Image Credit: Domanico Custom Homes The home’s exterior walls feature an R-23 ICF system. Expanded polystyrene insulation adds R-7 thermal resistance to the exterior walls. Foam insulation sprayed on the roof’s underside to create an airtight attic and eliminate the need for strict airtightness around ceiling-mounted light fixtures. Continuous spray foam on a step ceiling. Overhangs and roof extensions help shade the exterior.
Back in August, we noted that the New American Home 2010, originally scheduled for completion well before January’s International Builders’ Show in Las Vegas, was stuck in construction limbo because the lender for the project’s builder, Domanico Custom Homes, fell victim to the credit crunch.
The project was about 60% complete by the end of August, and about 75% done by the time the IBS kicked off on January 12, which meant the building was far enough along to make it tour-worthy. In any case, the incomplete structure – for builders and remodelers at least – may be more interesting than one with all fixtures and finishes in place.
Built to the National Association of Home Builders’ Green Building Standard and the Department of Energy’s Energy Star Homes standard, New American Home 2010 is designed to be a showcase of energy efficiency. Among its features: an unvented, air-sealed attic with R-30 spray foam insulation on the underside of the roof deck, R-23 ICF exterior walls with an R-7 exterior finish and insulation system, an HVAC system offering 95% annual fuel utilization efficiency, airtight ductwork, an energy recovery ventilator, solar hot water, a tankless water heater, and a 10.5 kW solar power system.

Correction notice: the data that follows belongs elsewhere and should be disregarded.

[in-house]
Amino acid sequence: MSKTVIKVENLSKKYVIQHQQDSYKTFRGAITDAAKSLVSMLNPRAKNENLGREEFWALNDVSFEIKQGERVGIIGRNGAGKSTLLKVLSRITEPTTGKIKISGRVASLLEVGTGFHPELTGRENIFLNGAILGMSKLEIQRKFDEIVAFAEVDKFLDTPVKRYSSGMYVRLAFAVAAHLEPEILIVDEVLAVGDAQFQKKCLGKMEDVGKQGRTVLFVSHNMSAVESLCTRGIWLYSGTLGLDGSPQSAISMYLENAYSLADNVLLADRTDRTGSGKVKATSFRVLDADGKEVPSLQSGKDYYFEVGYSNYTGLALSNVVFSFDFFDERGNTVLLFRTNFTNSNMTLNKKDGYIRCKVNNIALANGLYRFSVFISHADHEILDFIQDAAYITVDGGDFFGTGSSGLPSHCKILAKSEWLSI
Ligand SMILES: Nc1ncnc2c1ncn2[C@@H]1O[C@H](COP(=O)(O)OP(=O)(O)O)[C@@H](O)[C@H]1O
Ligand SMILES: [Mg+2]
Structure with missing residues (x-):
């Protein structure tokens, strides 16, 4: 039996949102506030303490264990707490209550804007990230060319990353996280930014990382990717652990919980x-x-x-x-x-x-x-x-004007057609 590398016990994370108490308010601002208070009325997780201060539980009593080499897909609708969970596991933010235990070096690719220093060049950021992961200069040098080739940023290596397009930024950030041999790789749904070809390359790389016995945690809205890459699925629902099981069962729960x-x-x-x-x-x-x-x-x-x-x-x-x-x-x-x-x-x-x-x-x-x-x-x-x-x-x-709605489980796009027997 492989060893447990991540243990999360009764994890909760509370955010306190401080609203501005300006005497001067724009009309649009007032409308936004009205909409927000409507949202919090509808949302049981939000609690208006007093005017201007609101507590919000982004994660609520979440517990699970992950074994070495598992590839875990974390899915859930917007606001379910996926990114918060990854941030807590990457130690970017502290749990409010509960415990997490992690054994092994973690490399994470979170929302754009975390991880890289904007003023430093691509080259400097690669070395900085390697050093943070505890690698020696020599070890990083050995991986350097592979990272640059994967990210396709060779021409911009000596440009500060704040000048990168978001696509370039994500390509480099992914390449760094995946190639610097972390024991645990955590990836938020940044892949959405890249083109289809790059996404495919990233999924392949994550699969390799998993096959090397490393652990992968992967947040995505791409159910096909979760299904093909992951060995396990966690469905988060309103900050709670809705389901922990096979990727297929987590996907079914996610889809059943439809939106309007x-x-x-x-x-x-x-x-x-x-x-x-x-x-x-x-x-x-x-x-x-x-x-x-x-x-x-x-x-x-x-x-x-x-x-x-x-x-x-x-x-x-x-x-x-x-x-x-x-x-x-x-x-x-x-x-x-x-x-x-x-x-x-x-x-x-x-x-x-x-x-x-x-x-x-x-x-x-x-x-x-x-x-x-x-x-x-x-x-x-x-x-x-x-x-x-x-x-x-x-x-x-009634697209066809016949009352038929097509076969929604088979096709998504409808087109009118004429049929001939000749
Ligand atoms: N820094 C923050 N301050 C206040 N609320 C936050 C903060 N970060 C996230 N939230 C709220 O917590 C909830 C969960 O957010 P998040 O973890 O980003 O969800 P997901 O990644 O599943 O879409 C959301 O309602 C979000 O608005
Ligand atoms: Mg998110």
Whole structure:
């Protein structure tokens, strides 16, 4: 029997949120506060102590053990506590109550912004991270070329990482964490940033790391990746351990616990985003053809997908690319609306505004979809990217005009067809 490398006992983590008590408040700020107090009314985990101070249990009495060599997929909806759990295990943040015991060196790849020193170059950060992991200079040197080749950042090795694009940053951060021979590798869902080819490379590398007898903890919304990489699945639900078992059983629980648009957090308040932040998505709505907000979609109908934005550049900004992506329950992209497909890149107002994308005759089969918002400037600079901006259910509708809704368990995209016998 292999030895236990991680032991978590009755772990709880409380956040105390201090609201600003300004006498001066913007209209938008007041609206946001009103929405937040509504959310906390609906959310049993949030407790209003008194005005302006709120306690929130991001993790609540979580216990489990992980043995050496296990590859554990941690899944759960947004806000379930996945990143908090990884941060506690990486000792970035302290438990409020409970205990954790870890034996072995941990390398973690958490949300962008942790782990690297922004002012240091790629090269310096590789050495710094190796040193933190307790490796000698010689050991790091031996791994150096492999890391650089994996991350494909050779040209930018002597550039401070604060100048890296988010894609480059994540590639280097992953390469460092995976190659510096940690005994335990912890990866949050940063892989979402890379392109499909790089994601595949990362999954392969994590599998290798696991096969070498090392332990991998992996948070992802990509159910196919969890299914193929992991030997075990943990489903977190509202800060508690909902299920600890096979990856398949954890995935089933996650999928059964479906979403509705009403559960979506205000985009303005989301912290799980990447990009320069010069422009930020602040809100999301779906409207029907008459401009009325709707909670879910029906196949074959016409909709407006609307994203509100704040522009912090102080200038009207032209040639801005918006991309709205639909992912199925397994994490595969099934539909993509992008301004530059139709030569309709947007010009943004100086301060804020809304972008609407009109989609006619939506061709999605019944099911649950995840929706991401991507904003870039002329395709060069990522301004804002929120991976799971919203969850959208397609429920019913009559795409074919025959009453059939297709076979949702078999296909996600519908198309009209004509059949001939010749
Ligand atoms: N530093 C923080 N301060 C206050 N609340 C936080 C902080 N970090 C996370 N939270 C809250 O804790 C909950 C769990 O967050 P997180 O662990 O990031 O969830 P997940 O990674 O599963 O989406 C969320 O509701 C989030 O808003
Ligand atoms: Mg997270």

NAHB has highlighted Domanico’s frustration with the credit squeeze as an illustration of industrywide concerns over acquisition, development and construction lending. NAHB also sees the project as a nod to downsized expectations in some segments of the luxury housing market, noting, for example, that New American Home 2010 is, by the standards of other homes presented in the series, relatively small. In fact, this five-bedroom single-family, with 6,078 sq. ft. of interior space, is ideal for a family of eight or nine, and it puts its energy efficiency and renewable-energy components on high-profile display. As green-construction advocates will point out, though, it loses green cred by virtue of its scale. Along with the exterior photo we’ve shown before, we’ve included here some progress photos and descriptions from a DOE press release issued in December.